Small update about me before this post: still alive. Still good. The last few weeks haven't seemed particularly 'post' worthy but I take that as a good thing in that life here is starting to feel 'normal'. I have established a good routine and am feeling more comfortable every day at work while teaching. Things are good! Okay, now Fukuoka.
Fukuoka is the largest city on the southern island of Kyushu. With a population of 1.5 million people, an international airport, and apparently the most beautiful women in all of Japan (true story) it is a major metropolis worth a visit for anyone visiting Japan. I was only there for approx. 8 hours and I have already deemed it as one of my favourite cities in Japan. I was awaiting a night ferry to take me home and spent the time wandering around and, of course, eating. You might be thinking 'wow-- high praise for such a short visit' but, even in that short amount of time, Fukuoka left an impression on me.
What left the biggest impression on me was the design of the city itself, namely their use of public spaces to bring people together and make the city itself an experience. In researching the design of the city, I learned that Fukuoka was the first city in Japan to develop a 'Master Plan' which severely curtailed chaotic urban sprawl and created a streamlined vision for what Fukuoka would become.
Fukuoka is criss crossed with canals and rivers with large walkways on either side to stroll or bike. As we were wandering along the river with the setting sun, we stumbled upon a building that was part regular office building and part jungle-viewpoint-walkway-sanctuary. As pictured below, the roof of what turns out to be the ACROS building is a pyramid of lush trees, greenery and flora of all kinds. You can walk all the way to the top of the building up staircases and walkways for a breathtaking view of the city, as pictured in the top photo. We arrived just as the sun was setting and it definitely made all those stairs worth it. The building itself houses office buildings, shops, and exhibition spaces but from the outside you wouldn't suspect it. You can see a lot more photos of the building design here.
On the descent, we heard music coming from the distance and decided to check it out. It turned out to be a two day free music festival at this big outdoor amphitheatre-- right in the middle of downtown. We watched these two hilarious and excellent women sing and play the accordion to a large crowd lounging on the grass, drinking beer and eating food from the numerous vendors around the perimetre. The group was Charan Po Rantan and I bought their CD and would highly recommend checking them out if you're into Japanese whimsy or just looking for something fun. It was a perfect summer evening and the music could be heard echoing through downtown as people got off work.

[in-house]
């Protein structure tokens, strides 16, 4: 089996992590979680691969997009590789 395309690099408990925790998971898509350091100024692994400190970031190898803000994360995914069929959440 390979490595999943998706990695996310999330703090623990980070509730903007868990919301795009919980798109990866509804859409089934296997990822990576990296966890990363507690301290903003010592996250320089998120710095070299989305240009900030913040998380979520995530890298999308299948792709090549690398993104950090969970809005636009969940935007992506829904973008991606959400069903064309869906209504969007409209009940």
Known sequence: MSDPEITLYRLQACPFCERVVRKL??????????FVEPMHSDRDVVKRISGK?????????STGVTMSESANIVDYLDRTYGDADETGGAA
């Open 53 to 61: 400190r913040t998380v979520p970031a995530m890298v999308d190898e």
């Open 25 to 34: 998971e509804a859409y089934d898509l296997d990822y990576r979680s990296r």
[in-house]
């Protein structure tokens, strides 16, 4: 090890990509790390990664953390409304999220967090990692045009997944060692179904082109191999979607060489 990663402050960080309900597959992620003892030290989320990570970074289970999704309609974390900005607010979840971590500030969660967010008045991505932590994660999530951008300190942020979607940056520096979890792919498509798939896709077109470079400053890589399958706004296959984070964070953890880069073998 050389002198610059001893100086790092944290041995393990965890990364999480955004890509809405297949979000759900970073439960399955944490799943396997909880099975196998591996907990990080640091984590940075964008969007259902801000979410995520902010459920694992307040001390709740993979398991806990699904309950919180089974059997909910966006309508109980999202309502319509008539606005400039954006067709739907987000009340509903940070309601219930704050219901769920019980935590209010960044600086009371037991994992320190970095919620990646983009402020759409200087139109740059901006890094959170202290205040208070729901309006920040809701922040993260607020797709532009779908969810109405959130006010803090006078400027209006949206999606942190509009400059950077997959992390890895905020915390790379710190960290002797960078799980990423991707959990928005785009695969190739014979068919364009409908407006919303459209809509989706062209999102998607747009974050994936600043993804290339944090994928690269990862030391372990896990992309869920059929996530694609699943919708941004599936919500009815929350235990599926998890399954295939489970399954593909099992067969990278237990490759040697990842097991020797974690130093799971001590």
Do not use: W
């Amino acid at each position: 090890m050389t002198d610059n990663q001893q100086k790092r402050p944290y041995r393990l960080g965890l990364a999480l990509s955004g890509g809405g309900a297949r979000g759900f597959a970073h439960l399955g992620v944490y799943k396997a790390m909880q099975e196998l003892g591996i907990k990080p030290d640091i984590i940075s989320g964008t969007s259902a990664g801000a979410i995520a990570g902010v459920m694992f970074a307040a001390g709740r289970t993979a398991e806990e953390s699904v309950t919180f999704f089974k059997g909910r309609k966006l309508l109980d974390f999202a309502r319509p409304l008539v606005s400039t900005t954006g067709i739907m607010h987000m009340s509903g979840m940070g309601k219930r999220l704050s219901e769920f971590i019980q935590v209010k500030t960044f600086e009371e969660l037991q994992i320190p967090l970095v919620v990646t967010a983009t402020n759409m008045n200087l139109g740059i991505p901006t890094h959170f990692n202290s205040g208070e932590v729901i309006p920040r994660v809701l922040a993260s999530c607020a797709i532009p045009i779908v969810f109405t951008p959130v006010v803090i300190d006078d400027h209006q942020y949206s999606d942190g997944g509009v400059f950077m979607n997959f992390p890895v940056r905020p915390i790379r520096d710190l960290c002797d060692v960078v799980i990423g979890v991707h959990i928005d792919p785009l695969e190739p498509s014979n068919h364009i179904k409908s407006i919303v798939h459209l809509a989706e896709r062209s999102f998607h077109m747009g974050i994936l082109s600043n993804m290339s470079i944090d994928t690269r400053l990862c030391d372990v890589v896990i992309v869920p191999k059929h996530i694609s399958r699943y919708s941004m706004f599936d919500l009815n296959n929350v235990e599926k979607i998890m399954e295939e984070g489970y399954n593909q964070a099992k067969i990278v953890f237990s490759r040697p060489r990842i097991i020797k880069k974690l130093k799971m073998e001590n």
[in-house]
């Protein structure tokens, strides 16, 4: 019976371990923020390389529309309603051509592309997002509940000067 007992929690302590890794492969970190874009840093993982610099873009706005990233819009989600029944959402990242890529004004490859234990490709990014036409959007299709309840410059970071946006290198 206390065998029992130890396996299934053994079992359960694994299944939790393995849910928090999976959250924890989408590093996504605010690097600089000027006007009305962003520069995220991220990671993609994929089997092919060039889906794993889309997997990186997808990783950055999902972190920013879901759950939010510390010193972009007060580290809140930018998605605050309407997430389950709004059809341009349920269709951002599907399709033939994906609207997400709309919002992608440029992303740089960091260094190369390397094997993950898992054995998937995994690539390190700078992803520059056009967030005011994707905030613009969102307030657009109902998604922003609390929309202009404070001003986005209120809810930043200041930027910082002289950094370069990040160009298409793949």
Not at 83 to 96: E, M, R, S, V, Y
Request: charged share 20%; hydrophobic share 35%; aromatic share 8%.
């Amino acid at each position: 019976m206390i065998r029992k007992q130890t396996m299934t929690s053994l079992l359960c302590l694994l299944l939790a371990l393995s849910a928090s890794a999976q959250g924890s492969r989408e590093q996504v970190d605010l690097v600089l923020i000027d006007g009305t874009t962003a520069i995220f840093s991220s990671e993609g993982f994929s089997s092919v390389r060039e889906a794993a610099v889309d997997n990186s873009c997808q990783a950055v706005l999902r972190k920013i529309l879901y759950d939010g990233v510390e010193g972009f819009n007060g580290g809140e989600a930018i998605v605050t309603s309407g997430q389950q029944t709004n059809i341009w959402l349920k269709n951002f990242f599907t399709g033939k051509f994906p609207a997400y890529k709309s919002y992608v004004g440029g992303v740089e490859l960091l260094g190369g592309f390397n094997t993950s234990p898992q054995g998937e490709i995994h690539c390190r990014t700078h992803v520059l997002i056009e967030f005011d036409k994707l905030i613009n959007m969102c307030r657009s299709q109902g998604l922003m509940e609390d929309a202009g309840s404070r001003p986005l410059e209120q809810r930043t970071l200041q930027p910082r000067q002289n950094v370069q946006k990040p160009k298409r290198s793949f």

Even the malls are an experience and use every space to the fullest. Oh man, any city that can turn something like a shopping mall into an enjoyable experience deserves every award. Hakata Canal City is a metropolis, but the mix use of indoor and outdoor shopping, abundance of greenery, even a fake canal running through the entire thing, and entertainment made for an enjoyable experience rather than an overwhelming one. An outdoor stage in a central plaza was the site of a singing/dance performance that had several hundred teenage girls screaming the words.
One of Fukuoka's signature food experiences are the Yatai. At sundown, men arrive along the bank of the river on motorized bikes with what appear to be large wooden boxes in tow. They find their spot and begin unfolding these boxes into an impossible puzzle whose finished form is a food stall, giving meals on wheels a whole new meaning. The river bank is lined for several hundred metres with the stands that look straight out of Spirited Away. The stands are also found in parks, street corners, and just about any space you don't think is big enough for a pop-up restaurant. The smells spilling out are enough to make anyone risk turning into a pig and the hardest part is just picking one to sit down at. Some of them have small queues forming along the railing of the river as people wait for one of the 7 or 8 stools available. You sit touching knees with strangers that I'm sure if I spoke the language better would be less strange by the end of the meal. It's impossible not to exchange a few words at least as your elbows jostle reaching for your beer.
The best thing about Fukuoka's design: they make it easy. You don't need to go seek out a park or building you heard about outside of the CBD. You don't need to plan to use this space. It's almost impossible not to use it. It's easy, it's there, and people are using it. Coming from Ottawa, a city which could use a bit of help on the public spaces front (cough Sparks Street), it was refreshing to see what's possible with careful planning and creativity.
I walked around a ridiculously small fraction of Fukuoka and found numerous engaging and creative uses of space to bring people together. In further researching the city, there are so many other attractions throughout the city that I can't wait to return, discover, and document.